Sunshine Week is all about open government. Open meetings. Open files. Transparency.

Citizens can’t be informed and engaged if they don’t know what the government is doing to — er, I mean, for — them.

A very basic form of information about government activities is the lowly public notice. I say “lowly” with tongue firmly planted in cheek, because these notices provide a lot of information — sometimes information that reporters don’t have the time to write about. Their subjects may not make for interesting reading for a large swath of the population, but if a notice is about a proposal affecting your neighborhood, it may be of extreme interest to you.

Typically, public notices (and legal notices concerning court actions, judgments, name changes etc.) are printed in a tiny font in narrow columns on the back pages of a newspaper. They’re not easy to find or easy to read.

And almost without exception, you have to have the physical printed paper in your hands to read the notices. Newspapers have websites, but they usually don’t post the notices online. The public notices maintain a customer base for printed papers — various firms and businesses subscribe to print papers only to access the notices.

Public notices also mean revenues for newspapers. No newspaper publisher ever got rich off those revenues, but it’s a steady source of income and in the current business climate for newspapers, it’s certainly not insignificant. Newspaper publishers are paid by the line, with the fees set by state law. The size of the type is also set by state law. And then there’s the boost to circulation revenue, as noted above.

State law that dates back to the days of manual typewriters and hot metal type — in other words, the first half of the 20th century — mandates that public notices be printed in newspapers that are mailed to subscribers via the U.S. Postal Service. Seriously.

When it comes to notifying the public of government meetings, hearings, actions and laws, state lawmakers in the 21st century are content to use 100-year-old methods of communication to keep the citizenry informed.

How’s that working out?

Not so well. Print newspaper circulation is in a death spiral — we’re talking a more than 40 percent decline in paid circulation at the local paper since 2010, according to annual postal statement legal notices the publisher is required to publish. It’s a sad fact. But it’s a fact.

And it’s only going to get worse — as fewer and fewer people use the paper media that state law requires governments to print public notices in. A 2017 study by the Pew Research Center found that only 5 percent of people age 18-29 reported they “often” got their news from print. The number was 10 percent for the 30 to 49 year-old group and 23 percent for people between 50 and 64 years of age. Even in the over-65 group, less than half read newspapers “often.”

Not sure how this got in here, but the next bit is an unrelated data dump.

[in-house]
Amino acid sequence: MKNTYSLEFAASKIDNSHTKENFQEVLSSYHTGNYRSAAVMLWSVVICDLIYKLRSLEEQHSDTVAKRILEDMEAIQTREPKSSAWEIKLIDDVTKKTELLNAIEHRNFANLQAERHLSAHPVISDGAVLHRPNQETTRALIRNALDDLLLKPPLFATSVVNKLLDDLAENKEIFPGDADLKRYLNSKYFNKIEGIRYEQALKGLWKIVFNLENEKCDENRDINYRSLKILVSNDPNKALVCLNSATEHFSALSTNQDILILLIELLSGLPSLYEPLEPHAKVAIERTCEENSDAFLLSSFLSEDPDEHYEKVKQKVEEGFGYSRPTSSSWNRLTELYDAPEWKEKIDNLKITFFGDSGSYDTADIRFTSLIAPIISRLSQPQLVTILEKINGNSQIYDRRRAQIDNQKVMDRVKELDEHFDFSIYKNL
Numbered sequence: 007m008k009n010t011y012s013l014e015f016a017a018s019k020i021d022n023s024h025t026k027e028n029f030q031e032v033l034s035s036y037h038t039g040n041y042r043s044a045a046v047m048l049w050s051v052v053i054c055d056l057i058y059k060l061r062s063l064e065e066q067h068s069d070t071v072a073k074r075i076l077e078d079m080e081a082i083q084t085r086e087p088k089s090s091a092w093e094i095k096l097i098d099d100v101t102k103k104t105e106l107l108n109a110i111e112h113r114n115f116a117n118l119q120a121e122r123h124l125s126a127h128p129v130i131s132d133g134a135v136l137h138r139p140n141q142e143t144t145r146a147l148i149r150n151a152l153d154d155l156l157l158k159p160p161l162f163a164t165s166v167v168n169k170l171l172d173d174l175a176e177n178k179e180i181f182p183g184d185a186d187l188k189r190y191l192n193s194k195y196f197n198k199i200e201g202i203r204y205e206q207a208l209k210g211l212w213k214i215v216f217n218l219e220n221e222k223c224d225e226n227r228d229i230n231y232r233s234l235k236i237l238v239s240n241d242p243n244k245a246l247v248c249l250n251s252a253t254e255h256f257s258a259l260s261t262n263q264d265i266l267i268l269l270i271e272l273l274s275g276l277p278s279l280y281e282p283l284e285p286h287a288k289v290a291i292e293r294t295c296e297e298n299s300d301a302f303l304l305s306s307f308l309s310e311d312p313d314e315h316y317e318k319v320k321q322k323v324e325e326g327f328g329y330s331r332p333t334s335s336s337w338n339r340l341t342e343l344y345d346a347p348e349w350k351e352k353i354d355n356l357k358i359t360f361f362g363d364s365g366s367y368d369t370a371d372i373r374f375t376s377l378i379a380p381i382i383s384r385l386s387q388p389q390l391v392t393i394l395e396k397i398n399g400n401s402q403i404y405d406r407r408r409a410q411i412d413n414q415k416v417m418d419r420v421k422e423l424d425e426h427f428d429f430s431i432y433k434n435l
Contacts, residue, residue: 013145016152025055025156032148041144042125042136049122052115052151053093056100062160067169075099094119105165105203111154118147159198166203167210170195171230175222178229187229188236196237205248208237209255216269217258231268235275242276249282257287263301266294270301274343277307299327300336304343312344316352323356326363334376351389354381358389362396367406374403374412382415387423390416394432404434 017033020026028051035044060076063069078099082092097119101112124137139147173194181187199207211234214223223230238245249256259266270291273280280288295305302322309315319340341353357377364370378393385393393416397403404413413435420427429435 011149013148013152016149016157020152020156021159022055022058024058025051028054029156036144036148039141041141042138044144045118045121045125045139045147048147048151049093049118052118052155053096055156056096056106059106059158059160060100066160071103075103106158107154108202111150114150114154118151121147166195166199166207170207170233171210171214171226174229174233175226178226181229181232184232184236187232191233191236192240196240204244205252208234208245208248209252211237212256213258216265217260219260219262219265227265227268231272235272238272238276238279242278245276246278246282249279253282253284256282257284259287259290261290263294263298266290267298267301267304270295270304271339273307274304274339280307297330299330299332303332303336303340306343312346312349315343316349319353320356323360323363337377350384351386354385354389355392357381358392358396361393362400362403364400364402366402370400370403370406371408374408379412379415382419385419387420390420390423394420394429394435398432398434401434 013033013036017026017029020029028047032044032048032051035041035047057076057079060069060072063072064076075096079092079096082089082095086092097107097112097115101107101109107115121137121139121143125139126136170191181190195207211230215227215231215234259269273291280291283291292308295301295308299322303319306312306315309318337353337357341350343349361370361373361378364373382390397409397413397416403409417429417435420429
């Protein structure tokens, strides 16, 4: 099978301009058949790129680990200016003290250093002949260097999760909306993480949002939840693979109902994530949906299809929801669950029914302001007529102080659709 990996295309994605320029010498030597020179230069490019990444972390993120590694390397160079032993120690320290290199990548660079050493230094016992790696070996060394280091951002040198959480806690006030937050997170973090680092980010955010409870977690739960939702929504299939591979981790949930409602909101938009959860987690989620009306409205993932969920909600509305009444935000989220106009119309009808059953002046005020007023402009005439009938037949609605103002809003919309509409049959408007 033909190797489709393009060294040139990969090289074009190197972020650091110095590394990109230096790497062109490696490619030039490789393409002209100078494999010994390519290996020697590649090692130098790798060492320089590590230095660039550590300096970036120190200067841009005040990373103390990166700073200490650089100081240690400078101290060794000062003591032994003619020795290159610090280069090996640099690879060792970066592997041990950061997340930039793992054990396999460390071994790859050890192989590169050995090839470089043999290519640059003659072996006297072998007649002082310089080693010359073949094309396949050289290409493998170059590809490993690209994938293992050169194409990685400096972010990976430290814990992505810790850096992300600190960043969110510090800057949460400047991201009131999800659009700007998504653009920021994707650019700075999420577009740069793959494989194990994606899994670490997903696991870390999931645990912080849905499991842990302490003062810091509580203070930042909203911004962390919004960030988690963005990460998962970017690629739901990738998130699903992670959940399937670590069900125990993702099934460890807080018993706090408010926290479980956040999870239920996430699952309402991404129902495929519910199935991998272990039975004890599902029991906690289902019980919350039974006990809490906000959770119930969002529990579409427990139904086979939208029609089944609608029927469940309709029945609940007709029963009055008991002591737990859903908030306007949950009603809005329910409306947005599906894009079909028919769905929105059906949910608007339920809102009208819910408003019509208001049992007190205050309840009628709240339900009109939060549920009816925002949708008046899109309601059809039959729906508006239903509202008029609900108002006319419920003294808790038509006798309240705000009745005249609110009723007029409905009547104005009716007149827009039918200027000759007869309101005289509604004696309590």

State lawmakers know this, of course. They get their news on their phones, tablets and laptops just like everyone else. Even the state senate’s most senior member, our own Sen. Ken LaValle, who will turn 80 in May, enjoys the digital information age and understands that digital media has supplanted print media for national, regional and local news consumers.

So every year since 2011, state lawmakers have introduced bills that would allow online notices — published by online news sites like this — to fulfill government’s obligation to inform citizens of its actions. And every year, the bills die in committee — never even making it to a vote on the floor of either chamber.

I asked Legislator Fred Thiele, who as been a cosponsor on the bill every year, why this happens. He told me he really doesn’t know. He’s not a member of the committee where it withers on the vine each year. But wither it does.

I suspect lobbying by newspaper publishers has something to do with it. A newspaper publishers’ trade association reports lobbying on public notice legislation, according to the state database on lobbyists.

While it makes sense for newspapers and the future of their business, it’s not good for transparency or, ultimately, good government.

We publish public notices on our site. The town board, planning board and zoning board send us notices and the school district does as well. Because notices published here don’t meet the requirements of the archaic state law, we don’t charge the governments anything for the publication. We consider it a public service for our community, for the sake of government transparency.

If the state legislature really cares about transparency in government, they’ll pass those bills one of these years. Based on industry trends, in the not-too-distant future, they won’t have any choice.

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Denise Civiletti
Denise is a veteran local reporter, editor, attorney and former Riverhead Town councilwoman. Her work has been recognized with numerous awards, including investigative reporting and writer of the year awards from the N.Y. Press Association. She is a founder, owner and co-publisher of this website.Email Denise.